It is a brisk autumn Saturday morning as boots squelch in mud, sirens drone, and whistles are blown — the call of country sport.
But there is another sound Riverland locals are guaranteed to hear: Grant Schwartzkopff’s camera shutter capturing every piece of the action.
The Renmark photographer is celebrated for his contribution to the community, and has attended more than 6,000 sporting events in his career.
The self-taught shutterbug was never after acclaim or adoration but took up the hobby to find peace and calm during one of the most difficult times in his life.
“It was a lifesaver for me,” he says.
Grant Schwartzkopff kitted up for his fair share of sport growing up in regional South Australia, getting into A-grade cricket and junior football.
“But it got put to the back because work commitments didn’t allow any weekend sport,” he says.
His path to becoming the Riverland’s iconic photographer was accidental.
“My wife, Shelley, was very sick for all of her life, and we maintained a lifestyle at home,” he says.
“So, sport was really not an option — we concentrated on being alive.”
In 2010, Grant was inspired to capture some glorious sporting moments, with Shelley’s encouragement.
He went on a mission to Berri’s Alan Glassey Park to shoot an image he had been visualising on the baseball field.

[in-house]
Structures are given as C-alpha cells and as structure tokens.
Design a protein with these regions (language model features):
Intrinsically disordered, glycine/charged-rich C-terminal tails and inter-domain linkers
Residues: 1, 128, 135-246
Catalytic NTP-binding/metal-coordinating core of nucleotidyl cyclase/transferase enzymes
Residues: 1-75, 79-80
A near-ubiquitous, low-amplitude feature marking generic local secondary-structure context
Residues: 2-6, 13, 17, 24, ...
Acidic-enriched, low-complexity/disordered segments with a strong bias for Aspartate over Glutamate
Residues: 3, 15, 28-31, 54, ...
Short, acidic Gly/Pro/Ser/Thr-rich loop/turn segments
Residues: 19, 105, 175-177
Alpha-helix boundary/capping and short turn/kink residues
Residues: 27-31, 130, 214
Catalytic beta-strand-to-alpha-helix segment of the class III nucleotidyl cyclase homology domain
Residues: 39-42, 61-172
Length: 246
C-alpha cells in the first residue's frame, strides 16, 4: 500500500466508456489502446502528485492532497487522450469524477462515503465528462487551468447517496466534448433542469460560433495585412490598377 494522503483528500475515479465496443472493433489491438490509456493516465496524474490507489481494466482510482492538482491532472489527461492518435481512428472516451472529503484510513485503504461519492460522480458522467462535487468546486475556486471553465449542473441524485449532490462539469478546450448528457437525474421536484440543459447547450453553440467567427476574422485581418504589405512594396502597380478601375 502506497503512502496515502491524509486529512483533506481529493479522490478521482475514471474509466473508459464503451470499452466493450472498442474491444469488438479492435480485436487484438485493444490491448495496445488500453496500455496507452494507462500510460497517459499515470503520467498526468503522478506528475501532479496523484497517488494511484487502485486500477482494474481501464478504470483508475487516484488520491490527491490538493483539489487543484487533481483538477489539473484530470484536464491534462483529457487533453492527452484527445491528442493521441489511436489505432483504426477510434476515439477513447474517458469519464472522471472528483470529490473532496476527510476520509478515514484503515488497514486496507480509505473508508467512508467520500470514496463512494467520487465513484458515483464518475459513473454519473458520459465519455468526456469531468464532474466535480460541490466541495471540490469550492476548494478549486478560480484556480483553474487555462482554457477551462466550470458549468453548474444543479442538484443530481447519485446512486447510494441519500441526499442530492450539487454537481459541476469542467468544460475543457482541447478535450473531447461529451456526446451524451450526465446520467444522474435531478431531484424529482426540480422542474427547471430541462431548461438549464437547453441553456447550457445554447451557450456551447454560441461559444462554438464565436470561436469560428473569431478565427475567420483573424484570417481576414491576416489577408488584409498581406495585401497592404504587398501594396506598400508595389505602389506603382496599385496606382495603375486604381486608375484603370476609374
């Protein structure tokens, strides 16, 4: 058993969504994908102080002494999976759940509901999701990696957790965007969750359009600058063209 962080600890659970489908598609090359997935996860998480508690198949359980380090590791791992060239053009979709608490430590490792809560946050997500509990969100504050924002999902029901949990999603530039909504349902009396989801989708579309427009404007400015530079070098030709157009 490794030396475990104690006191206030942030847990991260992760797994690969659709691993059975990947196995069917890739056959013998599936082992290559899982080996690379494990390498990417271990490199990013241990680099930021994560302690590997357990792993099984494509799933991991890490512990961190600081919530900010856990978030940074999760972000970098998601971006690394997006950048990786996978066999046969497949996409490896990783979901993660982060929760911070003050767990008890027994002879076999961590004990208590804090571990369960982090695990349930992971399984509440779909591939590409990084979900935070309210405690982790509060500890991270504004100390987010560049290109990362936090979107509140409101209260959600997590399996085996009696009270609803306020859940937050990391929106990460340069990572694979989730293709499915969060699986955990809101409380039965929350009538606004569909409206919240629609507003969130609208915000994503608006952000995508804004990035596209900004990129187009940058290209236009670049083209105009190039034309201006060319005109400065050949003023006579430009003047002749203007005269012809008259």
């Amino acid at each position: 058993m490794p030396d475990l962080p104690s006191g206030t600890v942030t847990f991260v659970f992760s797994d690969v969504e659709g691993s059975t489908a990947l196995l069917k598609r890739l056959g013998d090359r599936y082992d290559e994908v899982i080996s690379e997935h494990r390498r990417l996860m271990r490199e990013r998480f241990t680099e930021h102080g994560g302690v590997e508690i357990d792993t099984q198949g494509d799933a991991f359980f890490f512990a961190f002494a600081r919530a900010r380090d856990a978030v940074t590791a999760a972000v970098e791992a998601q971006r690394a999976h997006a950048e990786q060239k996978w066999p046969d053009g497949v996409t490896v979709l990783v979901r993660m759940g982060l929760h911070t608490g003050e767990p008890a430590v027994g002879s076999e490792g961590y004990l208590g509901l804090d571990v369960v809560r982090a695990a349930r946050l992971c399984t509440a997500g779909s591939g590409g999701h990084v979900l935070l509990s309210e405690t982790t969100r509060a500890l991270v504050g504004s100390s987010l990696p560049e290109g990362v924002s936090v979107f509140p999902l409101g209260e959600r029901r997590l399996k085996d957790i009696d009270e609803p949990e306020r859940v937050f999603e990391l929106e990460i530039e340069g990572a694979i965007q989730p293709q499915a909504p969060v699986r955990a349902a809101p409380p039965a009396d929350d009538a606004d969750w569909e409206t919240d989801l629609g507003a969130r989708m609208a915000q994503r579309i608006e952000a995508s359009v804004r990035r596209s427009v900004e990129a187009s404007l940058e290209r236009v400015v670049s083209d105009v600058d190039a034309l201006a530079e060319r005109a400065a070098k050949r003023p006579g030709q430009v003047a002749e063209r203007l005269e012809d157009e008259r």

“I thought, “Oh my God, what have I done? I’ve got nothing’,” he says.
“I’ve got a black screen with a couple of little white dots for the lights.”
Grant bought a new lens, researched techniques and picked up tricks of the trade from other shutterbugs in the community.
About a year later he returned to the baseball park with confidence.
“I figured why stop at baseball? Let’s go to the football.”
Then Shelley passed away.
“I often wonder if Shell knew the end was coming, and maybe that was why she encouraged me to get the camera,” he says.
Grant says his new-found passion for photography was a much-needed distraction after losing Shelley.
“It was a lifesaver for me; if I wasn’t doing photography, I really wonder what I would be doing,” he says.
“Photography has been a blessing, really.”
Grant says he lives by three rules when it comes to his craft.
“I want to capture what you don’t really see in the moment when you watch the game,” he says.
“I want to promote a variety of sports. If one kid suddenly thinks, ‘I could give table tennis a try’, just by seeing a few photos, what’s wrong with that?
“And the third is giving people memories — I love making memories for other people.”
Grant’s dedication has left a lasting impression on those he meets, including Riverland Softball Association secretary Monica Haaja.
“He’s helped us get softball out into the community and to showcase all our sporting greats,” she says.
“We wouldn’t be where we are without his photos. He’s boosted so much sport over the years.”
Riverland locals Carrie-Ann Willis and Naomi Campbell say Grant’s passion is endless.
“He does not ask for a thing in return. He does it purely from the goodness of his heart,” Ms Willis says.
“Grant’s recorded many of our sporting elite, but more than that he’s captured everyone. He makes us all feel like we’re the best athletes on the field,” Ms Campbell says.
While Grant says he has grown a lot since that first attempt on the baseball field, his job is not finished yet.
“I still don’t rate myself; I think I’ve got so much improvement that I want to do, I don’t think I’m anywhere near where I want to be,” he says.
“It’s something I just feel I want to do.”